No, Seriously: What’s a District Leader? (Pt. 2)

Part two in a series of guest posts from Paul Newell, answering one of the weirder questions in NY politics. Paul ran for State Assembly in 2008, and is now a Democratic District Leader in lower Manhattan. Here’s the link to part one. To see where District Leaders fit in the party structure, check out Chris’ awesome infographic. -Andrew

Ok, But What Does a District Leader Actually Do?

Good question. The formal powers of a DL are very limited, so the role depends on what the specific DL chooses to make of it. I view the position primarily as a community organizing tool. It is a title that can be used to help build consensus at community meetings. Local media and grassroots groups regularly reach out to active DLs on community issues. Elected officials and administrators generally respond to inquiries from DLs promptly – enabling them to act as conduits to the community.

Now, many District Leaders view the role quite differently. In fact, most District Leaders in Manhattan do almost nothing at all – other than signing proxies for the monthly Executive Committee meetings. Most Manhattan DLs do not attend these meetings in person. Very few of them have ever faced a competitive election.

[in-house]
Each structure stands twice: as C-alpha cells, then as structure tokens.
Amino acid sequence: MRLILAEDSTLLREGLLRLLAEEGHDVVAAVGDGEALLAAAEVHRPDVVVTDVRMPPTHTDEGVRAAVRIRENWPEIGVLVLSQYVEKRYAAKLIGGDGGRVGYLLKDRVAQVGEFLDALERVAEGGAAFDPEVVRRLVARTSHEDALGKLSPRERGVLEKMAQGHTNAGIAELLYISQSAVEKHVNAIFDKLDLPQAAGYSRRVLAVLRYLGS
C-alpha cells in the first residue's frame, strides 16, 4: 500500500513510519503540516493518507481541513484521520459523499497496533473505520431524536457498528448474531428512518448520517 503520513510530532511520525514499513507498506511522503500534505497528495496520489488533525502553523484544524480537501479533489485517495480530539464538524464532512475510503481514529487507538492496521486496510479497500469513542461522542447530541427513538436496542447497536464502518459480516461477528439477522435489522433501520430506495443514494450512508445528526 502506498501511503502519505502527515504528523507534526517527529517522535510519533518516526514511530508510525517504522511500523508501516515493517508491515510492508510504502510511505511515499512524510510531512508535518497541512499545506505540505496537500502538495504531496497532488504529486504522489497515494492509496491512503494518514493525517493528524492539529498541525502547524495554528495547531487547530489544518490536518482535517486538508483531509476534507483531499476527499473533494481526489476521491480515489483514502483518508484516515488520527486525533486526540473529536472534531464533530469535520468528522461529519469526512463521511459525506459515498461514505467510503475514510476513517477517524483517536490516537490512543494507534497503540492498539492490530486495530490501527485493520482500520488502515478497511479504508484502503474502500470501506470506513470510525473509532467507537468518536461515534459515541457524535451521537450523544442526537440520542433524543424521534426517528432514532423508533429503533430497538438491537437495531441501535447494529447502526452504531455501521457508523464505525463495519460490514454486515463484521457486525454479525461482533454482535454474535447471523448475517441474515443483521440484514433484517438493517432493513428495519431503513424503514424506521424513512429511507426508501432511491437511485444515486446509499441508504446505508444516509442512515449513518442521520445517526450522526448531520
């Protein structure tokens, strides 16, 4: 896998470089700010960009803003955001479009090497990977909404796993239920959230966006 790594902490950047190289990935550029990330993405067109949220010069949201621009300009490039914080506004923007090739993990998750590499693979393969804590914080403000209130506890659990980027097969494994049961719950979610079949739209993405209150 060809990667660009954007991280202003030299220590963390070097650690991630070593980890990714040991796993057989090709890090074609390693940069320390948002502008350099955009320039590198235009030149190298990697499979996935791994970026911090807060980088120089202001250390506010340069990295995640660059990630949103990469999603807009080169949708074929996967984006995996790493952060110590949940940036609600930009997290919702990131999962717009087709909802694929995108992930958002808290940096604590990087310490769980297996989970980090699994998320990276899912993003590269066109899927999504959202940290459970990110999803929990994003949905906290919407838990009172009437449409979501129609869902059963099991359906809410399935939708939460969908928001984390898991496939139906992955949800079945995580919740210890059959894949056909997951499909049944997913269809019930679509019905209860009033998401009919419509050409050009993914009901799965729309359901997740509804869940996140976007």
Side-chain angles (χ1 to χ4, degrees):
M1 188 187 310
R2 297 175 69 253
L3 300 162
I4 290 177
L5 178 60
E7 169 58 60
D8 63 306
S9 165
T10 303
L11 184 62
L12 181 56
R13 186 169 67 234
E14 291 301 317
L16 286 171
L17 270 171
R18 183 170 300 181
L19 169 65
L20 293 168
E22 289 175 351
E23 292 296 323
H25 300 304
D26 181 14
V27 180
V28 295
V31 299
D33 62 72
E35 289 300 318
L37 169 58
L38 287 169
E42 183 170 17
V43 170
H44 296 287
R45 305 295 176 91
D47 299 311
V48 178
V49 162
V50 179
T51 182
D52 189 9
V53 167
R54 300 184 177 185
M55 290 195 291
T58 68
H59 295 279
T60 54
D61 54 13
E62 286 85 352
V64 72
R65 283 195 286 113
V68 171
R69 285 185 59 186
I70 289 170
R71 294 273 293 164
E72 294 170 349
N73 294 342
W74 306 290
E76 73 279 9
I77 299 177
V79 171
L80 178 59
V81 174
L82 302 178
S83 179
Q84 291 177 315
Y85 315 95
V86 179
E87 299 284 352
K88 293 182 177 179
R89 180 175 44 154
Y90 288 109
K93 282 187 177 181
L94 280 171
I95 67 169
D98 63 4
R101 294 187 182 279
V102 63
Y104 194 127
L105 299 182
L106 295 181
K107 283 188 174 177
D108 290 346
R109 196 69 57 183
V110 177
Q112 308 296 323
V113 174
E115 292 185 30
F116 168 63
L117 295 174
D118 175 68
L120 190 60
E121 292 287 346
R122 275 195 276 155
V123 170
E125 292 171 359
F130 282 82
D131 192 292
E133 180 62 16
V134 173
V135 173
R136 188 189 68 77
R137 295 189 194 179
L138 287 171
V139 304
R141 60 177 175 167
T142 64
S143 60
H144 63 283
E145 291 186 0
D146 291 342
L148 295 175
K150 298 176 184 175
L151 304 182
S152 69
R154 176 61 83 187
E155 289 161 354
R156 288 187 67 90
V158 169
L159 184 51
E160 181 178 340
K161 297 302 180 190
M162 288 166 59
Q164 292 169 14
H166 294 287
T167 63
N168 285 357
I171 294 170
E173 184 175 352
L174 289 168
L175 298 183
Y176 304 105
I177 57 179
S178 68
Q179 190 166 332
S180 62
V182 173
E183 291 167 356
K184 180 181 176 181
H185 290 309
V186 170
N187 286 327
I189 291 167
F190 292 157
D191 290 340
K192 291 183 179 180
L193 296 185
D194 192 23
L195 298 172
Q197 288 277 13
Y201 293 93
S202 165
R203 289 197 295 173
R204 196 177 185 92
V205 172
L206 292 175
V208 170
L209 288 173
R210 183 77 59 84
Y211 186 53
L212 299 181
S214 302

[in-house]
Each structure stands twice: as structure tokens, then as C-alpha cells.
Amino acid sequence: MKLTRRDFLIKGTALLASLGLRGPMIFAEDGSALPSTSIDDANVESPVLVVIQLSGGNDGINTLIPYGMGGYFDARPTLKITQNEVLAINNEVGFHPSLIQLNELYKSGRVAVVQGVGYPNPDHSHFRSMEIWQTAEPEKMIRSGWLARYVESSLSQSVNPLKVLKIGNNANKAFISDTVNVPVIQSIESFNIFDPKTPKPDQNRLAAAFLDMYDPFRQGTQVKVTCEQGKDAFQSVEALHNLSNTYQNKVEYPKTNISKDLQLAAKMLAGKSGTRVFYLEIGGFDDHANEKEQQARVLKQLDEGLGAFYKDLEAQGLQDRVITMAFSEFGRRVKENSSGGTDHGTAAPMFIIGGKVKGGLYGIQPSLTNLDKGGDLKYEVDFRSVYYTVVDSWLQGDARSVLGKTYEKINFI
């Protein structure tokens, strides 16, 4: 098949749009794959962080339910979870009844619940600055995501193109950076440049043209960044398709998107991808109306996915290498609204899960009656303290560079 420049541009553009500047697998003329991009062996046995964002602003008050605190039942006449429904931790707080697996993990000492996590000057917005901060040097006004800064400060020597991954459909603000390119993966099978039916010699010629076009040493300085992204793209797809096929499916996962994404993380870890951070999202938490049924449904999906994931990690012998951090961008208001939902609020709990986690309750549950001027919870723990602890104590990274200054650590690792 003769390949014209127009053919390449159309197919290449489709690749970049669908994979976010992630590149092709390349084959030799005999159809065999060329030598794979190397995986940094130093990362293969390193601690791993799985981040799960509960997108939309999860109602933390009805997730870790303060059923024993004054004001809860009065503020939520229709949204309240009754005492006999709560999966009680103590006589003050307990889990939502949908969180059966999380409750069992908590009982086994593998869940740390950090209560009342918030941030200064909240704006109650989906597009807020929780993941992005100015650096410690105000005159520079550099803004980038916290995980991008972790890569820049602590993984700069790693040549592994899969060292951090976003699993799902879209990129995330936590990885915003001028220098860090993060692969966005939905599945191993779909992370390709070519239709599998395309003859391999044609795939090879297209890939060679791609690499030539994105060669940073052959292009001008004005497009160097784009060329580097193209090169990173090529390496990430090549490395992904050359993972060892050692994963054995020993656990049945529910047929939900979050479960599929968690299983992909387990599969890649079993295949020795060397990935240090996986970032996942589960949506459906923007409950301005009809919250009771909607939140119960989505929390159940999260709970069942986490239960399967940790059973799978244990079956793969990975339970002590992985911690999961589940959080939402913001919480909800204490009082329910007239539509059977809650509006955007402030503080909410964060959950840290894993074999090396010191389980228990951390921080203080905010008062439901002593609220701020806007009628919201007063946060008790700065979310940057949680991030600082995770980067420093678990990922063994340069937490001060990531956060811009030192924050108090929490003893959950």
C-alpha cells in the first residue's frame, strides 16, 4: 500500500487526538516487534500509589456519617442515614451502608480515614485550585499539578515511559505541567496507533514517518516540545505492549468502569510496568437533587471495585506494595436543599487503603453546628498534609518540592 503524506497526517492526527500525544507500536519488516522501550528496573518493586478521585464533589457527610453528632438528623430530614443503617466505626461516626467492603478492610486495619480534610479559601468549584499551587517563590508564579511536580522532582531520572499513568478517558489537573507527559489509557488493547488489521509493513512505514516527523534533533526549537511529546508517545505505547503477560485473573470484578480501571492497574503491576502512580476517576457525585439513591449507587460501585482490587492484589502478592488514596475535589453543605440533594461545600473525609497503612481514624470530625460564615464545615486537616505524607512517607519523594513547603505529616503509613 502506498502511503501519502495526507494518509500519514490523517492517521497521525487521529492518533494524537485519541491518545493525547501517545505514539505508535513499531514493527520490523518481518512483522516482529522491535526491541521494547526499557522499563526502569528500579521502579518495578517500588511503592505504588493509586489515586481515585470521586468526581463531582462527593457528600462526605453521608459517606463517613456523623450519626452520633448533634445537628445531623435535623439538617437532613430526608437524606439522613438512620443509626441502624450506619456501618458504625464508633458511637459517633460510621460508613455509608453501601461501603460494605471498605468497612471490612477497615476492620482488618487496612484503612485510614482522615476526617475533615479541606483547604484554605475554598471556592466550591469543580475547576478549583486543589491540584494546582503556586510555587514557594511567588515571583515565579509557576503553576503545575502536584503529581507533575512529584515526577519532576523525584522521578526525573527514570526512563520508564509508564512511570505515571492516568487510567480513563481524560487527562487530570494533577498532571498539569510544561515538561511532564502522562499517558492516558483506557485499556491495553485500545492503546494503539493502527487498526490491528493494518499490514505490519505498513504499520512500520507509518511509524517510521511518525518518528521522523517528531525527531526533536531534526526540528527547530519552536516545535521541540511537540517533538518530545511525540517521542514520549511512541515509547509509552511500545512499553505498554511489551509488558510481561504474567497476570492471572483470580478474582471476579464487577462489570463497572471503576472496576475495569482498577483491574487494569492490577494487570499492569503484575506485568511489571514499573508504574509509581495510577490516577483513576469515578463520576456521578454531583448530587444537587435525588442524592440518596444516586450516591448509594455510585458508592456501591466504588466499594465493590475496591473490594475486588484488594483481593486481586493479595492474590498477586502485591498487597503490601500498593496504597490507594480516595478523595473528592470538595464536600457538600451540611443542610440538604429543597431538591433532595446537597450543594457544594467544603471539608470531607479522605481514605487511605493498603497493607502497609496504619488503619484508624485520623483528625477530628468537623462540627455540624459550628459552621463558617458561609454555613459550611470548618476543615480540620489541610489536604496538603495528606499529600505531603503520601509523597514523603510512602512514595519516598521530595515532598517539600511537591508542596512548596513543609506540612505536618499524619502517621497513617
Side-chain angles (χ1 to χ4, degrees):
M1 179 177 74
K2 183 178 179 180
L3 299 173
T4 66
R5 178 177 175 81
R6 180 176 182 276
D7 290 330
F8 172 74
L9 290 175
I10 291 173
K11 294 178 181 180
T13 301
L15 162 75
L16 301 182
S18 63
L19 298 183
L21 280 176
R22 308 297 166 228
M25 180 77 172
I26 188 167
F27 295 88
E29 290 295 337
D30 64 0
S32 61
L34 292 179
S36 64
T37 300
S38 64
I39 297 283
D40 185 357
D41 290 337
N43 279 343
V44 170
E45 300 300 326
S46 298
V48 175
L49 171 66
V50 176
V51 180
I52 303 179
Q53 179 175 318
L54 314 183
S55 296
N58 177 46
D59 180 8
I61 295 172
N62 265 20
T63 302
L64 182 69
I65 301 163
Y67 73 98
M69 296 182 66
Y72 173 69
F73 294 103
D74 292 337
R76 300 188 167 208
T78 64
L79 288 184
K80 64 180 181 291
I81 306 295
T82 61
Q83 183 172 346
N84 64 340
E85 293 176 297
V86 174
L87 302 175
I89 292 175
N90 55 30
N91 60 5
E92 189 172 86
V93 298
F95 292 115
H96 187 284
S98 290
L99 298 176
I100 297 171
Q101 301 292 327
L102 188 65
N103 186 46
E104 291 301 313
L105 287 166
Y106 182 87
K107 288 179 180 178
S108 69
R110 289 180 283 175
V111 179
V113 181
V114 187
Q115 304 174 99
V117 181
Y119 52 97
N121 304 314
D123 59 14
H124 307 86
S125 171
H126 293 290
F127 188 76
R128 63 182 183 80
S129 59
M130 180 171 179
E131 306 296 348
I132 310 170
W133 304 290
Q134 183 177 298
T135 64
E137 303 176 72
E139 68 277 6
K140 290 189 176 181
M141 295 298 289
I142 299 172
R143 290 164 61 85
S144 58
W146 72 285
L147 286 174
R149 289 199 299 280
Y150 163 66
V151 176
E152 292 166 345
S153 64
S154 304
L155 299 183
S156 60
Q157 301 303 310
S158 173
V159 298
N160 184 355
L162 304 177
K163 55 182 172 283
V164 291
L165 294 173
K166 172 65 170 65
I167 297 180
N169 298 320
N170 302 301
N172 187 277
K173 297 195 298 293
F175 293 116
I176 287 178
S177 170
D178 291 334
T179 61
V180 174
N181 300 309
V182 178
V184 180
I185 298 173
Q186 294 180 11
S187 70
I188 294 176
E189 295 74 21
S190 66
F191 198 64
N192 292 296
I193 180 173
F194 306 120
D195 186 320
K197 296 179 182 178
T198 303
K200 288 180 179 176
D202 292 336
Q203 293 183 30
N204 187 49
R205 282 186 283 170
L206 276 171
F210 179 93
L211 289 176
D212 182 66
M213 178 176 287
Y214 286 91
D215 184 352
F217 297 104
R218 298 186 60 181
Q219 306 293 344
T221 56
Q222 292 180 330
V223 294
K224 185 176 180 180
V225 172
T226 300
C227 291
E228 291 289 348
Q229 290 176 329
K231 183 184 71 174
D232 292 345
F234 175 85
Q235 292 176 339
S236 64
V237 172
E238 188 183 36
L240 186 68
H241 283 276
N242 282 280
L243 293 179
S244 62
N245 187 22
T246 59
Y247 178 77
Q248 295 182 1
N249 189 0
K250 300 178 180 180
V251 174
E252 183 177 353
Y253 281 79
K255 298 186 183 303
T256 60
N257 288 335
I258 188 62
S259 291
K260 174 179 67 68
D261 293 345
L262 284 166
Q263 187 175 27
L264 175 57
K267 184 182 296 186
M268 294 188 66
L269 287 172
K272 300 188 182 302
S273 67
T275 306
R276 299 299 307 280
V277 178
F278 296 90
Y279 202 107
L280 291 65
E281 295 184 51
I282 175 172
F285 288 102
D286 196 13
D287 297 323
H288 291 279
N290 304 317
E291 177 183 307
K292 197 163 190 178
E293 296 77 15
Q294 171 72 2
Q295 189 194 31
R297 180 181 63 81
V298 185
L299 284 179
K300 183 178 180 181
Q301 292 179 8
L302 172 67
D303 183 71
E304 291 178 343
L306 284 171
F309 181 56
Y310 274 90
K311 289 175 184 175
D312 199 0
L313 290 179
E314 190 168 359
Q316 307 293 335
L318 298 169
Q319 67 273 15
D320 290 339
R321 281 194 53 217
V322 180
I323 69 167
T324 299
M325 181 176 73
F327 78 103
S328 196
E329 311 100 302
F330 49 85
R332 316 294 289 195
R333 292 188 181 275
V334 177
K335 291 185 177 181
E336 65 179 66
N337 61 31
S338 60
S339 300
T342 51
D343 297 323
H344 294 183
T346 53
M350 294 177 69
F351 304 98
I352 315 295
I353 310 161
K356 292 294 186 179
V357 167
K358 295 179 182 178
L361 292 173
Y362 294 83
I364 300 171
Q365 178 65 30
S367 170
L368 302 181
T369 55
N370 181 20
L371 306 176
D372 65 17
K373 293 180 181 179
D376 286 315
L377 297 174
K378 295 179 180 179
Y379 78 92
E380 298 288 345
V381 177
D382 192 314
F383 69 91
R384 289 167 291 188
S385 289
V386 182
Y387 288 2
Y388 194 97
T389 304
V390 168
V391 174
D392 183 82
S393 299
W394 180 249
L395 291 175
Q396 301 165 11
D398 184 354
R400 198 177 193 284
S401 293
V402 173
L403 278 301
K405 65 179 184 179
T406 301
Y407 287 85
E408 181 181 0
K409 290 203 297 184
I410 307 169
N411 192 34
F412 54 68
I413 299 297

District Leaders also play a very important role in electing judges for the Civil, Supreme and Surrogate Courts. The Democratic Party’s nomination process is heavily influenced by District Leaders – and in Manhattan that is tantamount to election. If you become a District Leader, you will quickly find current and aspiring judges reaching out to you.

In addition to advocacy, the District Leader performs an essential role in our electoral process. Below is a list of a District Leader’s formal responsibilities.

  • Sits on the Executive Committee of the County Democratic Committee.
  • Hires poll workers and election inspectors for the primary elections every September and the general elections in November. (BTW, if anyone reading this is interested in working for the Board of Elections on election days, please contact me.)
  • Attends Democratic Party meetings and events on behalf of the district.
  • Listens to the residents of the district to learn what issues are affecting their quality of life, such as housing, employment, education, environment and crime.
  • Organizes meetings and events in the district to give community members a strong voice.
  • Works with the district’s city, state, and federal elected officials to insure that the voices of the community are heard.
  • Organizes opposition when elected officials or state/city agencies ignore local residents. (One of my favorite parts).
  • Provides support to elect good candidates to public office in the district
  • Is an information resource for the district’s voters in numerous ways including poll site locations, election results and general information about candidates
  • Is responsible for promoting Democratic turnout in general elections.

Tune in tomorrow for part three: “SOUNDS GREAT! HOW DO I BECOME A DISTRICT LEADER?”